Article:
Embedded Stimulsoft Designer Control and MVVM

The post would rather focus on displaying the powerful Stimulsoft Designer in a WPF application with Data Source being .Net Objects created at runtime. While this is pretty straightforward to do when you want to invoke the designer as a Modal Dialog, it becomes a little messier when you want the designer to be an embedded control, particularly when you want to stick to the MVVM Pattern.
Let’s first go ahead and place our designer control in the View first.
<wpfdesign:StiWpfDesignerControl></wpfdesign:StiWpfDesignerControl>

Don’t miss out adding the namespace

xmlns:wpfdesign="clr-namespace:Stimulsoft.Report.WpfDesign;assembly=Stimulsoft.Report.WpfDesign"

For sake of example, we would mock our business object rather than taking it out of Database

   public class Products
   {
       public string Name { get; set; }
       public decimal Price { get; set; }
   }

var   _ProductCollection = new List()
  {
  new ProductModel() { Name = "Product 1", Price = 100 },
  new ProductModel() { Name = "Product 2", Price = 200 }
  };

We do have a property ‘ActiveReport’ , which holds the report details and is responsible for synchronizing the dictionary. Let’s define the Property and synchronize our collection.


  private Stimulsoft.Report.StiReport _ActiveReport;

  public Stimulsoft.Report.StiReport ActiveReport
  {
  get { return _ActiveReport; }
  set
  {
  _ActiveReport = value;
  this.NotifyOfPropertyChange(nameof(ActiveReport));
  }
  }

And the code to register the collection with StiReport.

  ActiveReport = new Stimulsoft.Report.StiReport();
  ActiveReport.RegBusinessObject("Products", _ProductCollection);
  ActiveReport.Dictionary.Synchronize();

This is where our problems begin. We do not have a property (the Report Property doesn’t allow Binding) exposed by Stimulsoft Designer to which could bind the StiReport Instance. We can do it pragmatically by assigning the Report Property, but that would involve breaking the MVVM Structure. We would prefer not to do that, atleast not directly. So what would be our workaround ?

Supervising Controller Pattern

The workaround lies with having a Supervising Controlling Pattern. The Supervising Controller allows the ViewModel to be aware of the View, but not depended on it. Now this can be a tricky situation if someone questions whether this would be breaking the MVVM, considering as per MVVM, the ViewModel should be completely independent of View. Pretty much true, but when all doors are closed, there is nothing wrong in making the ViewModel ‘aware‘ of View, as long as it is not dependent on View and we do minimalist code in View. Remember, there is a significant difference in being aware and being dependent.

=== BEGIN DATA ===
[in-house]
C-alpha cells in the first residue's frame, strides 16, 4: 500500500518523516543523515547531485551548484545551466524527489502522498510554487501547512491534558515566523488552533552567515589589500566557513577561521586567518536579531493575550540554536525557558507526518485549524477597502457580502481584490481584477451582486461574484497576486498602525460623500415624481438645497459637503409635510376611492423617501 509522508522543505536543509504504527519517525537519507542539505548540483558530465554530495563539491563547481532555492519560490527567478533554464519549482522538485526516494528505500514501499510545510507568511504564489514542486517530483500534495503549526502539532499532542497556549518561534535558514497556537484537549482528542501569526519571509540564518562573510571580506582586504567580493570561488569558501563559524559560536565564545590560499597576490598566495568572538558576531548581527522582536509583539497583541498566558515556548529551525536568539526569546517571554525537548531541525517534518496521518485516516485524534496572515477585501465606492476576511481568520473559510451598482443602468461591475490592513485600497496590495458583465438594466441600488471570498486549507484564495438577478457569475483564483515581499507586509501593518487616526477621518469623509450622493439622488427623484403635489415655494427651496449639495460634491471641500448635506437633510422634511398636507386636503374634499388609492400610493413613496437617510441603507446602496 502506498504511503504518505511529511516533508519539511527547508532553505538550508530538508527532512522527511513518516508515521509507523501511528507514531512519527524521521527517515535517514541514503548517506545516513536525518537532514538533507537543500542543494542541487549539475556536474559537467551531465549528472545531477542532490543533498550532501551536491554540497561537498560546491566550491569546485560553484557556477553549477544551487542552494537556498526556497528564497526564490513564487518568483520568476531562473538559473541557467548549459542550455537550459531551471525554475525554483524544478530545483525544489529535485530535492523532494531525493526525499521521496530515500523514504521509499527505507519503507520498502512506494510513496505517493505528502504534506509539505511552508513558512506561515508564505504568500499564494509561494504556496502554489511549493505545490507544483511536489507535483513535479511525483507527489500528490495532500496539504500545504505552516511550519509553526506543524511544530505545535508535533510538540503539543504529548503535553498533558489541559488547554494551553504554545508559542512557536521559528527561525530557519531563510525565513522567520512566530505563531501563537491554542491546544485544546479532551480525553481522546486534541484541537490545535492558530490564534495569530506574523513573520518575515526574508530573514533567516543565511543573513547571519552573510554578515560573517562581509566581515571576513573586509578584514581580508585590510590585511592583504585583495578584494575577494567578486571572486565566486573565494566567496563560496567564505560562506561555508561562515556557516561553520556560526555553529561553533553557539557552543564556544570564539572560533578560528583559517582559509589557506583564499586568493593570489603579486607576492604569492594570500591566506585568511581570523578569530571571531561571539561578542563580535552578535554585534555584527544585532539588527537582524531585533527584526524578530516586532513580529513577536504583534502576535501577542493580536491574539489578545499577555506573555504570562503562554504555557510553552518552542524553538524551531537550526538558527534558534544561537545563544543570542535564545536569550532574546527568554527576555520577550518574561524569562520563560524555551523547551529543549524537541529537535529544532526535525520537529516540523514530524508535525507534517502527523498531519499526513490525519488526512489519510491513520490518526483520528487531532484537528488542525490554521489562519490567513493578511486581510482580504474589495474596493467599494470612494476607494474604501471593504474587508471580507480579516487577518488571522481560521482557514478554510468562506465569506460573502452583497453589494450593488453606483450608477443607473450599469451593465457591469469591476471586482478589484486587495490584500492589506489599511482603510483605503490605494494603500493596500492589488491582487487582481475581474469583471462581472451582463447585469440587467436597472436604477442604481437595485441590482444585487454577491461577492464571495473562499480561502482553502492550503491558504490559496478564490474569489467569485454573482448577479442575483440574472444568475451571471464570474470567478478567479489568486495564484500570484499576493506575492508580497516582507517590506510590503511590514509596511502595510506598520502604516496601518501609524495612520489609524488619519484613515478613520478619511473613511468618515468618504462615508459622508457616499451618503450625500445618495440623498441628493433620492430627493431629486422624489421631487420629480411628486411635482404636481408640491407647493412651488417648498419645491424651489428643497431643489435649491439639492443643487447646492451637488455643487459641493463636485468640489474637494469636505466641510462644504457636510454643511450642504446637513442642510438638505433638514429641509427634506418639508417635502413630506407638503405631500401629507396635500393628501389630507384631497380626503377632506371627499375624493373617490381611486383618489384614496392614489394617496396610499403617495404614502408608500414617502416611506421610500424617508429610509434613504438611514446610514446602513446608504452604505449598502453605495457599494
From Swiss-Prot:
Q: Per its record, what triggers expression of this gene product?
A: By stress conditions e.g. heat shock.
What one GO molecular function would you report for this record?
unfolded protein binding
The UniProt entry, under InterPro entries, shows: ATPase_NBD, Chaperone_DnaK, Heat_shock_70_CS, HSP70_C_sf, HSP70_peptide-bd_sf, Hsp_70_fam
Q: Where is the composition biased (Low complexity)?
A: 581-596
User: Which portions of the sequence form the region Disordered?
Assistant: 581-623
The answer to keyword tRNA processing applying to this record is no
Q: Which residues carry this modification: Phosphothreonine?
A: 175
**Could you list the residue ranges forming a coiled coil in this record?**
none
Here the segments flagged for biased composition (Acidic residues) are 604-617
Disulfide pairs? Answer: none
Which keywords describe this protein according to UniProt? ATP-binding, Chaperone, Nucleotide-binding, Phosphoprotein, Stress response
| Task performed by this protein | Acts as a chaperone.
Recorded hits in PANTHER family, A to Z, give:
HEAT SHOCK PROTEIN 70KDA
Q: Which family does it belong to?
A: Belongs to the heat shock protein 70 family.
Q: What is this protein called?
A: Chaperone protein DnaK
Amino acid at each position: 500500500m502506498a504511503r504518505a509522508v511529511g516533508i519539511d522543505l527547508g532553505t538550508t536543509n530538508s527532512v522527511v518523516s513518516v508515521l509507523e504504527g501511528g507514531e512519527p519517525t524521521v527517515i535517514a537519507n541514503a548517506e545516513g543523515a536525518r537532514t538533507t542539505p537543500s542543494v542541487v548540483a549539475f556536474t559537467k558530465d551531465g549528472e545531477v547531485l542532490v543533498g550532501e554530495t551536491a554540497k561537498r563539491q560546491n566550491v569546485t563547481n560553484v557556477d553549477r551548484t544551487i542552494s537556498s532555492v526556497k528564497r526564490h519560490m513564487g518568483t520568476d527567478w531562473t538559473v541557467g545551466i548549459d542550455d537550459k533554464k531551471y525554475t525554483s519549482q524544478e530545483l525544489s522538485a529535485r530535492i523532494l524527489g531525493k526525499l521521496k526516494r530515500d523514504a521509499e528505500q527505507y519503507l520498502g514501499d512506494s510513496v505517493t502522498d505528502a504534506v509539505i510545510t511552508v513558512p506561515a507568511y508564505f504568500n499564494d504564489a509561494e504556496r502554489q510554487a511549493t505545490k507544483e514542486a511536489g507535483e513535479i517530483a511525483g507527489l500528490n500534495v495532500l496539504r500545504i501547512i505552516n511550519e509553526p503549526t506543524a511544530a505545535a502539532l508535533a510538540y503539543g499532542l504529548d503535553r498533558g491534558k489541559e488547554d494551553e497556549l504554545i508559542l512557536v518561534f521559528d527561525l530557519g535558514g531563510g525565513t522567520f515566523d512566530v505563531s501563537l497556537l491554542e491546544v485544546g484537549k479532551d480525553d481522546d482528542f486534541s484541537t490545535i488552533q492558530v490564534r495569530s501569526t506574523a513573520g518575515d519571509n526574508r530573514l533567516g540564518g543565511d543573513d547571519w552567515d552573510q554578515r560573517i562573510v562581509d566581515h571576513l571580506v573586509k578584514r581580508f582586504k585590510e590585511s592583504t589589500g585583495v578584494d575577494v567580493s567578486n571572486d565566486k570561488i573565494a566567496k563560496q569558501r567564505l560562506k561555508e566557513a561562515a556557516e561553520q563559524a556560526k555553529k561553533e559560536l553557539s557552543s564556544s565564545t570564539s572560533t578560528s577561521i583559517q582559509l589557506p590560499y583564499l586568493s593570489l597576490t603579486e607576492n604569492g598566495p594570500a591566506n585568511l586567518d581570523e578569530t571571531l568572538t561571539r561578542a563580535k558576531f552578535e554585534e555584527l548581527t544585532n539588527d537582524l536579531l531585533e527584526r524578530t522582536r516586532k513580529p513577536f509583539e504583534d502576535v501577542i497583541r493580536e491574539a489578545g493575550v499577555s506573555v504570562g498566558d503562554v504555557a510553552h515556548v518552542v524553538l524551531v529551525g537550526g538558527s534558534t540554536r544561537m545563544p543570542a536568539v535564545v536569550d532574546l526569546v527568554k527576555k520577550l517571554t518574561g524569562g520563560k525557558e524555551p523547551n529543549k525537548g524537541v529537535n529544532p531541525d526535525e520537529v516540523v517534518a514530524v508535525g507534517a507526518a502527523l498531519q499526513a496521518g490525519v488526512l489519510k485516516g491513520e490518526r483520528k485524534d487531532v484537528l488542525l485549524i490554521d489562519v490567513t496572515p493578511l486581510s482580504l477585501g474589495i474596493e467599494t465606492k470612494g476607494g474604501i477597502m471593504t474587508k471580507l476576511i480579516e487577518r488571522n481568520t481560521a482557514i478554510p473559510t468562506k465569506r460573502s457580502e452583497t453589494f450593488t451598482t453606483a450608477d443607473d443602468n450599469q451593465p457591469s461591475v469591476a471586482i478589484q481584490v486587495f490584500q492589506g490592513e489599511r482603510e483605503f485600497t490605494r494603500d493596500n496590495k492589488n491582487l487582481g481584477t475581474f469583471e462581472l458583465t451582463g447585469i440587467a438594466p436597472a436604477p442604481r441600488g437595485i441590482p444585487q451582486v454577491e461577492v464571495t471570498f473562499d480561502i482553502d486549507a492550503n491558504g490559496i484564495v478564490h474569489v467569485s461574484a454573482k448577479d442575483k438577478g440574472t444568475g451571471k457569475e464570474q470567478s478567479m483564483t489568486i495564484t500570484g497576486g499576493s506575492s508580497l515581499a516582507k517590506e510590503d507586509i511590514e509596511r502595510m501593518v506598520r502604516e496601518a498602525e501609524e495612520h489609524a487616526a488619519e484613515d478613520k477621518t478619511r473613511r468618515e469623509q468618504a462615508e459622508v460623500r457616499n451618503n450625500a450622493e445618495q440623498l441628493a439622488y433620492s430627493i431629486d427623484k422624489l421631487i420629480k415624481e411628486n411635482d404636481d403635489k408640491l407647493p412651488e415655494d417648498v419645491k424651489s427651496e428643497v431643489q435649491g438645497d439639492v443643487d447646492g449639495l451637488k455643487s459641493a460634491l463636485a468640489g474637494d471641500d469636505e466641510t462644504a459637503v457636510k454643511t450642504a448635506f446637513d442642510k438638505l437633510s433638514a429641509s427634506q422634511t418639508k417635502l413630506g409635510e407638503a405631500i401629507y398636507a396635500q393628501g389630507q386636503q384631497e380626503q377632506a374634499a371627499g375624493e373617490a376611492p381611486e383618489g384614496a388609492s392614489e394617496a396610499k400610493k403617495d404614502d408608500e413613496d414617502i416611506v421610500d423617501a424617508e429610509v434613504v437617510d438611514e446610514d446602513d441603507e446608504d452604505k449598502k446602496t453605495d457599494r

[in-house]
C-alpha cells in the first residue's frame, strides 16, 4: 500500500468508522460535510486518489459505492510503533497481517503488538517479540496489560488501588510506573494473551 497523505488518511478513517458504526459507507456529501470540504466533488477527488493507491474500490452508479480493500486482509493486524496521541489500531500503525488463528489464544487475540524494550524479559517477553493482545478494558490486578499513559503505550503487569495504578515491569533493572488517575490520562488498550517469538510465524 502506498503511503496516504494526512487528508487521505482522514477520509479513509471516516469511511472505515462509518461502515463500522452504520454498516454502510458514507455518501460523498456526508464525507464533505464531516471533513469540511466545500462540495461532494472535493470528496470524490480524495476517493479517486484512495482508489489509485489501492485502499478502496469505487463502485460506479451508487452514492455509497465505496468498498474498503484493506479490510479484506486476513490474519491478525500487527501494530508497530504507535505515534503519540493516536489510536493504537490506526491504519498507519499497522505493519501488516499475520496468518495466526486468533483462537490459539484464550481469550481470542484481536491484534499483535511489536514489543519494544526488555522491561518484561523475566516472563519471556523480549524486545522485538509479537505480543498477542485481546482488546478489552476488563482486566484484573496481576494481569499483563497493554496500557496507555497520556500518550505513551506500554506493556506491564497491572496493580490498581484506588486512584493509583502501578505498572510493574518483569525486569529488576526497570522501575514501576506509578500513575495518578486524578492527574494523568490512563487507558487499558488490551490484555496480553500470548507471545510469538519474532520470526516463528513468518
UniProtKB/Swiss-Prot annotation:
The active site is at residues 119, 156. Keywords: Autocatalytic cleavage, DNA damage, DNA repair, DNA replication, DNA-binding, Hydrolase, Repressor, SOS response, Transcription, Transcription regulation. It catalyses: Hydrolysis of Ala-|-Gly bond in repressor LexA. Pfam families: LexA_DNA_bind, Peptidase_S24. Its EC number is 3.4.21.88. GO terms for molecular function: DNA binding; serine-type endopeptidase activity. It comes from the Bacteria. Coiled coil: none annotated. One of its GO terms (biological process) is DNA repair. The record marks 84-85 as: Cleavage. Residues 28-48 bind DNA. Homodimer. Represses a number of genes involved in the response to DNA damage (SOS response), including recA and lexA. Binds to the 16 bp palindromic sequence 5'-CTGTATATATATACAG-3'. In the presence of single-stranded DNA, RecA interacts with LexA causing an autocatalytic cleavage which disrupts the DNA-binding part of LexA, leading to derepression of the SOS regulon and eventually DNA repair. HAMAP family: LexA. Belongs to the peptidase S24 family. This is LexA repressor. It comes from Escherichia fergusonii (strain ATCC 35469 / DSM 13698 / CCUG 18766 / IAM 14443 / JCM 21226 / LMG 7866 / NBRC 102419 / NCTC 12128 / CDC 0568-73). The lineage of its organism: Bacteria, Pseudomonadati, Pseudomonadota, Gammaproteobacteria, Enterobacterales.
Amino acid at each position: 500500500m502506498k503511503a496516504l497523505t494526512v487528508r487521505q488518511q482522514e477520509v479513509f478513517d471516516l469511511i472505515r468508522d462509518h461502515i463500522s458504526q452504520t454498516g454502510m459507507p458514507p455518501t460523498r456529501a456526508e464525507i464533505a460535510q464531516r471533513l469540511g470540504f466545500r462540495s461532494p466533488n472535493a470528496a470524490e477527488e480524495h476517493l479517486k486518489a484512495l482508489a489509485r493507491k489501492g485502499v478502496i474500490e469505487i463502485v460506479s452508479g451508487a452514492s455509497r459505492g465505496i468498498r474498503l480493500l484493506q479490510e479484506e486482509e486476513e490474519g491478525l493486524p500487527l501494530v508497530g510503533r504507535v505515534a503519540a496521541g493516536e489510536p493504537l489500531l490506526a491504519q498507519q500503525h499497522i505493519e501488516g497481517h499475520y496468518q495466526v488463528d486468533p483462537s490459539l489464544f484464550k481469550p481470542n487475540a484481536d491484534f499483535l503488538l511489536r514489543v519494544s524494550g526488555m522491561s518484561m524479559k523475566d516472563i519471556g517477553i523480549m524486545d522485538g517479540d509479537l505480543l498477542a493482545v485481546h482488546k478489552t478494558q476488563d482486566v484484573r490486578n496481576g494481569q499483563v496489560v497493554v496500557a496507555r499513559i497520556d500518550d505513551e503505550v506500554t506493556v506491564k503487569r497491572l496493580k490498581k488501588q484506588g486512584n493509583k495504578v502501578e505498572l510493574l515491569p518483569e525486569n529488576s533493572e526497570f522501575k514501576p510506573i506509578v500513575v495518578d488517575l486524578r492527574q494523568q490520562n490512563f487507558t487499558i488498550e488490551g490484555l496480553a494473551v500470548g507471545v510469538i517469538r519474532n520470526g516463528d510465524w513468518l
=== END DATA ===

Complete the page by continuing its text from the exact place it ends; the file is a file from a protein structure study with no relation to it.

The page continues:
So how do we implement the Supervising Controlling Pattern and make the ViewModel aware of the View. We first being by creating the Contract interface through which the ViewModel would be interacting with View. Let’s call it ISupervisorController

  public interface ISupervisingController
  {
  void UpdateReportControl(Stimulsoft.Report.StiReport Report);
  }

As you can see, it has a single method called UpdateReportControl, accepting the StiReport instance. Let’s go ahead and implement it in the View. We will make that only minimalist work is done in the code behind class.

  public void UpdateReportControl(StiReport Report)
  {
  ReportDesigner.Report = Report;
  }

So with that done, we come to the most important part – how do we get an instance of View in the ViewModel ? Thanks to Caliburn.Micro, we do have a solution for that as well.

Screen and IViewAware

The Screen class in Caliburn.Micro utilizes an interface ‘IViewAware, which exposes a method called OnViewAttached which gives us reference to the attached View. All that left to do is override the method and use our Supervising Controller interface to call the method from View, which sets the Report property of Designer Control

  protected override void OnViewAttached(object view, object context)
  {
  base.OnViewAttached(view, context);
  (view as ISupervisingController).UpdateReportControl(ActiveReport);
  }

That’s it, you have your .Net Object Collection synchronized with the Designer. The entire source code described in this post can be found here

Caliburn Micro #003 : Events (Short Hand Syntax)

Previously, We looked at one approach of binding Events to Controls. However, the convention based approach is one of the least used approaches in Caliburn Micro. Think about it, if you need to bind more than one event to the control, say for example, the Click Event and MouseOver Event, this approach would fall short.
Thankfully, Caliburn Micro provides another approach, based on Event Triggers, which solves this problem. While there is a long annotation version of the approach, we would stick to the shorthand version, which is, designed to be more developer friendly.
 
Convention Based Approach
 
Let’s declare a button and assign a OnClick Event to the control using the convention based approach first.
 <Button  x:Name="ClearTextMethod">Clear</Button>

Now, Let’s change the signature to Event Trigger based approach. First, we need to add a namespace in our XAML Headers.

xmlns:cal="http://www.caliburnproject.org"

Event Trigger Based Approach
And now we will attach the event. Notice the change in Syntax.

<Button Content="Clear" cal:Message.Attach="[Event Click] = [Action ClearTextMethod]" />

As mentioned earlier, this approach allows us to attach more events to the Control. If we need to attach a MouseOver Event to the above button, all we need to do is add another pair of [Event][Action] separated by a semi-colon